Every year, around this time, Kris and I become far less concerned about our current school year. With our contracts always ending at the end of February, we are always more worried about what is to come in March. While we initially thought that we might stay at our current job, a changing climate in education in Korea and the job itself has resulted in us once again looking for a new job to start in March. Kris has already successfully landed a position that she believes is far better suited to her, but I am still wading through the mire of job hunting to try and find that one job that is ideally-suited to me.
When we first started our current job, we were happy with the short hours and, for me, the short commute. However, as time has gone by, little problems have grown into larger issues. This is particularly true for Kris, who has more consistently had problems from the upper management of our company, and whose job situation was less ideal to begin with. She had to do a lot more commuting and deal with greater levels of bureaucracy than I did. Towards the end of last year, she decided that she would not be re-signing the contract, and began looking for a new job. In a stroke of luck, one of our close friends is leaving Korea, and her position would be vacant. Kris interviewed for the job and was accepted. Her new job may have longer hours, but it is 10 minutes from our house and will allow her more freedom to experiment with her teaching techniques.
For myself, I was content to continue in my current position. Unfortunately, the Korean government decided to discontinue English classes for first- and second-grade students at public elementary schools, effective from March. These students currently form more than half of my student base. As a result in the massive drop in potential students, the company has decided to not re-hire any teachers with my type of visa, and fill the gaps with part-time employees to save money. This decision makes economic sense for them, but it left me in the unfortunate position of looking for a job after the ordinary job season is mostly over. I am now scraping the bottom of the barrel for a position that is better than the average academy job, similar to the positions that Kris and I held in Dongtan in our first year of teaching. I am currently still being picky, and I hope to find something before I have to settle for a mediocre job.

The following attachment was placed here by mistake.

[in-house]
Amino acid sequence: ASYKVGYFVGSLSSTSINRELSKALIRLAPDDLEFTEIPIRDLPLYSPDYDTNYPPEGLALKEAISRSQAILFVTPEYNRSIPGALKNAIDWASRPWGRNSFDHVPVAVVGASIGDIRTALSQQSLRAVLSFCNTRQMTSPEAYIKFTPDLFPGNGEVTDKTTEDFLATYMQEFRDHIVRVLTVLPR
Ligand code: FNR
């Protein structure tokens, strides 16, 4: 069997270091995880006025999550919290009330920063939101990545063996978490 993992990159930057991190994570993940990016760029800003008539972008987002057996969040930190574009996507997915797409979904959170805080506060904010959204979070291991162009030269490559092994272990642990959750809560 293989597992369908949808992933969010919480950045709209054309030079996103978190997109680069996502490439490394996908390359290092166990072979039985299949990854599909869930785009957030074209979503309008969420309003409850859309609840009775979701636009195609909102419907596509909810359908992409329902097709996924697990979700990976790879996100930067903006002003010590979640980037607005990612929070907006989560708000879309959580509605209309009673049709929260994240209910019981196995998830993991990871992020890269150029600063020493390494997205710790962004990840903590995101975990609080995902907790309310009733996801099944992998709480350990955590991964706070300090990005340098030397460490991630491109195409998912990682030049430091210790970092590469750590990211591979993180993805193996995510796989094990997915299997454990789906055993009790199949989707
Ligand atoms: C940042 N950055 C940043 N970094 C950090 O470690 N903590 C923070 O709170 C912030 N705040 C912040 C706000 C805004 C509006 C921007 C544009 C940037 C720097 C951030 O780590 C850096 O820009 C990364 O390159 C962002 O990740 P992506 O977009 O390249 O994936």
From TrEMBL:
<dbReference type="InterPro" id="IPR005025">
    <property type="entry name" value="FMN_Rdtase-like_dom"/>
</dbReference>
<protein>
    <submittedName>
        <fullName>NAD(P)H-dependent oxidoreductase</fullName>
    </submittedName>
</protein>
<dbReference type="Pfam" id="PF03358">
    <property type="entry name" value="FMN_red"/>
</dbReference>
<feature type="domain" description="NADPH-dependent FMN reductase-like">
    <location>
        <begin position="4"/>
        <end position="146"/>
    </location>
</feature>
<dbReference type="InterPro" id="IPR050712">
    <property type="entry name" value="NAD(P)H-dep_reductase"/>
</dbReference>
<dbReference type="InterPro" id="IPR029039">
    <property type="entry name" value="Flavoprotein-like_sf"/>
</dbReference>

We may be more settled in Seoul than we have ever been in Korea, but the cycle of going from job to job every year has not changed. Maybe this next job is one we stay at for more than a year. Maybe this next job will be our last year in Korea. Only the next twelve months will reveal what Korea has in store for us. I look forward to the new adventures, and, for now, look for a decent job to sustain us while we go on those adventures.